A cheap, portable device may be able to pick up signs of consciousness in patients who have been diagnosed to be in an unresponsive, vegetative state.
Researchers from the University of Western Ontario in Canada measured meaningful brain activity, suggesting full awareness, in three patients who had been previously diagnosed as vegetative and not conscious. The study, which included a total of 16 patients in a persistent vegetative state and 12 healthy controls, used an electroencephalogram (EEG) to measure brain activity in response to verbal commands.
Participants were asked to imagine, at the sound of a tone, making a fist with their right hand. They were also asked to imagine wiggling their toes. In response to each command, the healthy controls showed distinct patterns of activity in the premotor cortex, the part of the brain involved with planning movement. The researchers found that three of the “vegetative” patients showed the same responses.
These patients ranged in age from 20 to 45 years and had different types of injuries. “One of the patients had been in a vegetative state for almost two years and yet he was able to understand what we were trying to do and show he was aware,” study co-author Adrian Owen said in a news briefing.
If the finding holds up in future studies, it could potentially change the standards for diagnosing and treating vegetative patients. It could also open a vital channel for two-way communication between patients and caregivers. Reported New Scientist:
Using EEG to ask questions of these patients is the next step. By assigning thought processes to simple answers — for example, imagining clenching a fist means “yes” and wiggling toes means “no” — the team hopes their work can result in better clinical treatment. “There are some interesting questions that one should get on to right away,” Owen says. “One is, ‘Are you in pain?'”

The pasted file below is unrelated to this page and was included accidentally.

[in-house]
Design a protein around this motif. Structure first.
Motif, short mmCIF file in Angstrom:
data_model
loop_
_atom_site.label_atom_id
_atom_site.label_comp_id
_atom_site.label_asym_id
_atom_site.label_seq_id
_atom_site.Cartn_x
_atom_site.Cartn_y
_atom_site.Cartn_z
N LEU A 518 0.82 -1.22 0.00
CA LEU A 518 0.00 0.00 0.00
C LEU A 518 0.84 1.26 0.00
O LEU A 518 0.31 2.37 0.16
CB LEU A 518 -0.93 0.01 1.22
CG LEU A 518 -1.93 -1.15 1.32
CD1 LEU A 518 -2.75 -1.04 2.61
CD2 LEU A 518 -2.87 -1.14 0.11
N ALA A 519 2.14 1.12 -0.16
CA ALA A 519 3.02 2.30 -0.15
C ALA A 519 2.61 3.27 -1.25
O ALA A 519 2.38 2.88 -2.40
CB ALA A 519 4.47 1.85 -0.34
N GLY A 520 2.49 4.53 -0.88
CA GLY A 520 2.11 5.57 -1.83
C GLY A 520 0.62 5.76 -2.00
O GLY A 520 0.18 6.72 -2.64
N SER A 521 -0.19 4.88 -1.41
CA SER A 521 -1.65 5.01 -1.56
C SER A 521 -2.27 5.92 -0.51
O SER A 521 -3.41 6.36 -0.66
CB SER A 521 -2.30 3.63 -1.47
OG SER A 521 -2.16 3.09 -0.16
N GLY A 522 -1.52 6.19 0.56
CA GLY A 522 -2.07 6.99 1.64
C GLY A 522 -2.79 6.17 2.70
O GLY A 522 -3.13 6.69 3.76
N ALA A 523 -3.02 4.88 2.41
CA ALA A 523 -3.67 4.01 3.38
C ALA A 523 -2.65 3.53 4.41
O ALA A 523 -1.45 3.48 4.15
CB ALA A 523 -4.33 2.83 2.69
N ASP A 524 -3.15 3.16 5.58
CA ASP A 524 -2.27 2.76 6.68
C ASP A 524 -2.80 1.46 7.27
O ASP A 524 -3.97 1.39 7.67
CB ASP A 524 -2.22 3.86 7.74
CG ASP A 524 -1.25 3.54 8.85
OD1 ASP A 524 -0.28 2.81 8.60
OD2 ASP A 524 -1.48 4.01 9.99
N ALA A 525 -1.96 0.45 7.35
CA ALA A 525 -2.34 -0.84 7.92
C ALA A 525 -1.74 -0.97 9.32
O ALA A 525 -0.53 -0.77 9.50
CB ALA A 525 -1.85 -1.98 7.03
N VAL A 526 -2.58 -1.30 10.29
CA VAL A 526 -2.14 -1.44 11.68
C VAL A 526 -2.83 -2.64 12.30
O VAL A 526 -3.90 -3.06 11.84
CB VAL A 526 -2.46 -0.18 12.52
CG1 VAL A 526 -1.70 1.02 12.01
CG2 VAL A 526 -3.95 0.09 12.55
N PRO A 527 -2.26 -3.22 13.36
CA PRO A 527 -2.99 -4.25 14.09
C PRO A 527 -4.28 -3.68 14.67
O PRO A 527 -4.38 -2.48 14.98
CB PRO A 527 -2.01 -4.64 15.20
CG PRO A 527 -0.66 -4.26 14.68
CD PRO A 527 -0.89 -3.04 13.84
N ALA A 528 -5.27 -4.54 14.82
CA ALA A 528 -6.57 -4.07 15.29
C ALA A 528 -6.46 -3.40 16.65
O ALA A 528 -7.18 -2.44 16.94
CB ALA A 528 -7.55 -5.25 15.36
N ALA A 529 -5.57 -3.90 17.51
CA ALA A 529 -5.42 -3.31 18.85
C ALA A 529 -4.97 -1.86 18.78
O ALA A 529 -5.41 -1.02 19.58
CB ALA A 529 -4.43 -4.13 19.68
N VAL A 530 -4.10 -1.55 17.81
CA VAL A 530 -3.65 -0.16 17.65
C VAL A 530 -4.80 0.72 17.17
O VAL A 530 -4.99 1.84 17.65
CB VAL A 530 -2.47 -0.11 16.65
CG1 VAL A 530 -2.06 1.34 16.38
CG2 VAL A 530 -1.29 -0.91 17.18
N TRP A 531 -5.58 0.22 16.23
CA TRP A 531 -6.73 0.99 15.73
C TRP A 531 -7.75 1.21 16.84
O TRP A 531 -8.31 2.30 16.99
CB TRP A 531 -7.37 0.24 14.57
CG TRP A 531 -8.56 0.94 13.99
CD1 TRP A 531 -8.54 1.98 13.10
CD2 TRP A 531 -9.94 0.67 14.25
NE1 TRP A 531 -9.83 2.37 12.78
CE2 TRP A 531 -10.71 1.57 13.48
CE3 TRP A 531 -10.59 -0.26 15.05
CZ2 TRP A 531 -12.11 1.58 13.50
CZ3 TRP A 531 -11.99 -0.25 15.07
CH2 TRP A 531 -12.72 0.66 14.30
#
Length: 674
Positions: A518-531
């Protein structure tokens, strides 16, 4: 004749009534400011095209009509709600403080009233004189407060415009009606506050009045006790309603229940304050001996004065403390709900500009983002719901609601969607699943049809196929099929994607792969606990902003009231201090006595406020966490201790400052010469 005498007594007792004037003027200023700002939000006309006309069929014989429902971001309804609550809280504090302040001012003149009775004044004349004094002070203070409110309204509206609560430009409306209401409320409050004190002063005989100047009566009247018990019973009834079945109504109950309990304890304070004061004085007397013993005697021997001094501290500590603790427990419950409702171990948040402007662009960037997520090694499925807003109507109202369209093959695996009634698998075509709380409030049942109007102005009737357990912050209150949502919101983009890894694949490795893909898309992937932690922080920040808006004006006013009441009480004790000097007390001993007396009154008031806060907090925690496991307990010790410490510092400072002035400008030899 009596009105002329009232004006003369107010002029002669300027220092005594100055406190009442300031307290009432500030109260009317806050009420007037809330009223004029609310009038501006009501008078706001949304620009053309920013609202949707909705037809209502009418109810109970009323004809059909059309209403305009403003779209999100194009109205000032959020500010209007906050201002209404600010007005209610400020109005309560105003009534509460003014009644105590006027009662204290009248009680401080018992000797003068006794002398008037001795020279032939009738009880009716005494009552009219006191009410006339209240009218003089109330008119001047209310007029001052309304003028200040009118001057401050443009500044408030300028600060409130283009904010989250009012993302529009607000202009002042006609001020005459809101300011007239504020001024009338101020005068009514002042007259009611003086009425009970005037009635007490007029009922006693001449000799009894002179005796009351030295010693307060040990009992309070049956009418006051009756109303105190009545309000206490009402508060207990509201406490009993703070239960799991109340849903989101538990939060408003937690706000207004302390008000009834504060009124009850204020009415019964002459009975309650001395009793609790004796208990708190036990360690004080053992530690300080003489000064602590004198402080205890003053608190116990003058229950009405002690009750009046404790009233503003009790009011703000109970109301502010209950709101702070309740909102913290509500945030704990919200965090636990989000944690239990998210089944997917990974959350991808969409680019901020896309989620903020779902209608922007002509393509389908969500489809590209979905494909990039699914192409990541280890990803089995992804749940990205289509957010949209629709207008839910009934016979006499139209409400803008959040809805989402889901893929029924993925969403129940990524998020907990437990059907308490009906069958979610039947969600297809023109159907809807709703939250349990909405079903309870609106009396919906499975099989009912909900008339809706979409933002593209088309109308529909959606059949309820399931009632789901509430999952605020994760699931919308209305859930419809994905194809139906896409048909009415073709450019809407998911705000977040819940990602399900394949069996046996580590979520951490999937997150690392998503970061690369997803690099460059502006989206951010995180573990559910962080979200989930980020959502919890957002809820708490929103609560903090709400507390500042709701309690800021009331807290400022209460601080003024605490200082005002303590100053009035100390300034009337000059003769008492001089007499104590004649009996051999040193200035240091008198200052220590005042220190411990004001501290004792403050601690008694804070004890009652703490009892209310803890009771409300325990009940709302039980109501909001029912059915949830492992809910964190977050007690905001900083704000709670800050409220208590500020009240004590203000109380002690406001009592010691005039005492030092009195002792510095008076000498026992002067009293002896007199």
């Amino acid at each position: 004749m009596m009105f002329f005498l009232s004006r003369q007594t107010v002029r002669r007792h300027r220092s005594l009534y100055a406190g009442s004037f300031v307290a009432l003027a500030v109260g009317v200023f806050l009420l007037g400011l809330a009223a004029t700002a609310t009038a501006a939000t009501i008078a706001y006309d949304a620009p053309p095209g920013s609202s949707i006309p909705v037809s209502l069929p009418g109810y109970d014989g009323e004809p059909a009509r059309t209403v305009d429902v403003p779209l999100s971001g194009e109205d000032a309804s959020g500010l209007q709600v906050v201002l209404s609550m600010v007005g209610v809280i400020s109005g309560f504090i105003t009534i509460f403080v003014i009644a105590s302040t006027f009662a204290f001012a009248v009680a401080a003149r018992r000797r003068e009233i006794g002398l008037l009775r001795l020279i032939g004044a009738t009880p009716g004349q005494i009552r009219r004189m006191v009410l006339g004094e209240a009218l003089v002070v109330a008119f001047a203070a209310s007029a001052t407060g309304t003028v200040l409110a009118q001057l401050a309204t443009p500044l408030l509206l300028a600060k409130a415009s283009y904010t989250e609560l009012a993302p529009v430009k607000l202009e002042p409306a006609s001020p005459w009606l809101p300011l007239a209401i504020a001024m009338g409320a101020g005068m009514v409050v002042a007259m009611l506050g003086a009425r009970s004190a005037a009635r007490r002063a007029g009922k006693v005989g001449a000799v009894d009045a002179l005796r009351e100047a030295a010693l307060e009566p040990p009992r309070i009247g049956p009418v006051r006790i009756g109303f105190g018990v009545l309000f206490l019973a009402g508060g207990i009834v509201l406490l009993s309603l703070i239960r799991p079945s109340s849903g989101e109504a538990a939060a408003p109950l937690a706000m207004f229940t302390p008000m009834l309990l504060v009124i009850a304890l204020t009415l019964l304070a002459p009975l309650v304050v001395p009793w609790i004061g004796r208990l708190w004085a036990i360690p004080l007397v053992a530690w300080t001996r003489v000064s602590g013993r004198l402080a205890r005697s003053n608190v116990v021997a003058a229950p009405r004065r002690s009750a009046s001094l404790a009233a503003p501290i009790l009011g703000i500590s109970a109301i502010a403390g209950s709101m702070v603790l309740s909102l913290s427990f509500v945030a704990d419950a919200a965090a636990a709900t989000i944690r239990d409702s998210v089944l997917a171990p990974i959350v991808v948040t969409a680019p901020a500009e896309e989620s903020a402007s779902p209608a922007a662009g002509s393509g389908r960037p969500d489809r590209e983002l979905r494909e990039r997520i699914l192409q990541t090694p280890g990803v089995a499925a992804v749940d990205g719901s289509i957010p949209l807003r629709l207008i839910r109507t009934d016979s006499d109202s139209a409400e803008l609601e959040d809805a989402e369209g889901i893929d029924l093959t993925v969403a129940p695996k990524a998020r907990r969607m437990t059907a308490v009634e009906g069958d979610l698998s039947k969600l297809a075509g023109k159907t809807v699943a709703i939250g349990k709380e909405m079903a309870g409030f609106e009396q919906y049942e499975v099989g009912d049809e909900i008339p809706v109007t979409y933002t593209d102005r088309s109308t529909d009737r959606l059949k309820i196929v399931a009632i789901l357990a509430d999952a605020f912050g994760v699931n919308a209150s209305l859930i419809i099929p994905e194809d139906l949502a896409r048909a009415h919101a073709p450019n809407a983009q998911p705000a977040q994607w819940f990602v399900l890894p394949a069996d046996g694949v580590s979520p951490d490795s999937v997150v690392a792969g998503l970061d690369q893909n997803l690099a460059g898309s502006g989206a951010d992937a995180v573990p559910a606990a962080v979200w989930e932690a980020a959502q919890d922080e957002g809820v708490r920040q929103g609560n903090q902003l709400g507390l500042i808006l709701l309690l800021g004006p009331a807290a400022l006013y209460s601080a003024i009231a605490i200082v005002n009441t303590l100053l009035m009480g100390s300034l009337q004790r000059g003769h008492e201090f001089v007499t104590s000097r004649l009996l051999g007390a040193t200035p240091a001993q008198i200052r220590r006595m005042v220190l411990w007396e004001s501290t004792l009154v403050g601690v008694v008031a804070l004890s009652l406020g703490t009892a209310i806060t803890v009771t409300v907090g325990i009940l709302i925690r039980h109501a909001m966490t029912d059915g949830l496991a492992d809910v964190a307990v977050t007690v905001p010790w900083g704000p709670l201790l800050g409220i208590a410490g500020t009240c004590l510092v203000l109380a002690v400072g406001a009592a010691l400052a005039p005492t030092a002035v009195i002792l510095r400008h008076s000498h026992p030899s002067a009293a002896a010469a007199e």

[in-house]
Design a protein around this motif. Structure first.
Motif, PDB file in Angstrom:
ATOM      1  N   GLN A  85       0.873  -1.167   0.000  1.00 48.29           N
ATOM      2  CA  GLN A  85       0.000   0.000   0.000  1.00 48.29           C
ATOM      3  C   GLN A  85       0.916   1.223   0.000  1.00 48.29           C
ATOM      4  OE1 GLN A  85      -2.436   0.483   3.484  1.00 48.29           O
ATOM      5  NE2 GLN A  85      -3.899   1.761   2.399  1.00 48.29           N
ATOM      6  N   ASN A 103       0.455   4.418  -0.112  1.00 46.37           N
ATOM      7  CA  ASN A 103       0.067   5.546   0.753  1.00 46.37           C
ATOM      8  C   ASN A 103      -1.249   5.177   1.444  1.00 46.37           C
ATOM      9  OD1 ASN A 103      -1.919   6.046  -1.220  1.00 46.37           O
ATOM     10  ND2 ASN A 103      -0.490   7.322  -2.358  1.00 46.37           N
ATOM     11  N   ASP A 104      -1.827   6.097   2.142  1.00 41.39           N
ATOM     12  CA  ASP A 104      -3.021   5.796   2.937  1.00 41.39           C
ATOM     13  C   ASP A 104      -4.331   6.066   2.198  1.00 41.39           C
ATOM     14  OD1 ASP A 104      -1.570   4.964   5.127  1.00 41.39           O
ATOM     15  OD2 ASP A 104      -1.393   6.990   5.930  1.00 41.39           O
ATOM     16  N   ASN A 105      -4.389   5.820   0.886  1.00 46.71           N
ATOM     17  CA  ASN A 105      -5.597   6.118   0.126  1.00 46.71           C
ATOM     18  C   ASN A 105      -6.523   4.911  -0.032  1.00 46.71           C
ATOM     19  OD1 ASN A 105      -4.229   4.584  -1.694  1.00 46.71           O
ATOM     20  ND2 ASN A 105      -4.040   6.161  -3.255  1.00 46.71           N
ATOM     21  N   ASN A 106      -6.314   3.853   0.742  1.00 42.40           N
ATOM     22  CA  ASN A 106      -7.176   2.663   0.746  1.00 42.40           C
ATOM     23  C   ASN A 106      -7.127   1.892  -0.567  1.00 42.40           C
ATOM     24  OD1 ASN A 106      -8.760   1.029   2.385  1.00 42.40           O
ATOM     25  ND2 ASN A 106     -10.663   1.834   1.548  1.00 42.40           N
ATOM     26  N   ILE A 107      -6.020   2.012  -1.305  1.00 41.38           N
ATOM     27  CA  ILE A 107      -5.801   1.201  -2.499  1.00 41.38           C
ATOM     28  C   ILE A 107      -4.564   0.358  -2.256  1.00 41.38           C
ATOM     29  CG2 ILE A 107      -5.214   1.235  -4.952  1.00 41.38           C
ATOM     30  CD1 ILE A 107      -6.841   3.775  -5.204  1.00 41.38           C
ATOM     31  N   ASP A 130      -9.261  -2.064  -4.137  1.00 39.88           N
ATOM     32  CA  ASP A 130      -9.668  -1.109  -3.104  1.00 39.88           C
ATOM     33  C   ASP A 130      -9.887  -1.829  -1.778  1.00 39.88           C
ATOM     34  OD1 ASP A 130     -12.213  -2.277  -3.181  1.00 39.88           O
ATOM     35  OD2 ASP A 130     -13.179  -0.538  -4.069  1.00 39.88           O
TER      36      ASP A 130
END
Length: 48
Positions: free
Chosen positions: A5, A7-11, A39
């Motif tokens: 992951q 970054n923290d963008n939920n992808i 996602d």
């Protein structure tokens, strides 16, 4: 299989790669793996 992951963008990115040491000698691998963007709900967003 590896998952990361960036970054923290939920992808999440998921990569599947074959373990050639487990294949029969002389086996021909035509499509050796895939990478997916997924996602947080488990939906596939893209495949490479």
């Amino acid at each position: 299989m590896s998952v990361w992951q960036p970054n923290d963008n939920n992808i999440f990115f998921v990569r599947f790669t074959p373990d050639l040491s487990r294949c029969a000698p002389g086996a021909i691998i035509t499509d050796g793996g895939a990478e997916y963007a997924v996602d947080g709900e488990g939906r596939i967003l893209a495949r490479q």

This isn’t the first time Owen’s team has detected awareness in patients who were thought to have none. Previously, they used functional MRI to show consciousness in such patients, but given the high cost and relative inaccessibility of fMRI scanners, the researchers sought a cheaper way to make diagnoses at the bedside. EEG uses electrodes attached to the head to pick up electrical activity in the brain.
Further study is needed before researchers can be sure that the brain activity seen in these studies was made consciously. Notably, three of the healthy controls failed to register the proper brain activity in response to the verbal commands, even though they were fully aware, which suggests that EEG can’t reliably identify the absence of consciousness.
However, the authors said, it could help identify awareness in patients who would otherwise be missed by standard physical tests, which gauge consciousness by asking people to track moving objects with their eyes or to respond to verbal commands by blinking or twitching a finger. Such tests may lead to misdiagnoses of zero consciousness in people, especially those who have periods of awareness.
“Alongside behavioral assessment and other functional neuroimaging approaches, many testing sessions for several days with this EEG technique will provide each patient with an increased opportunity to show their covert awareness, if it exists,” the researchers wrote.
The study was published online by The Lancet.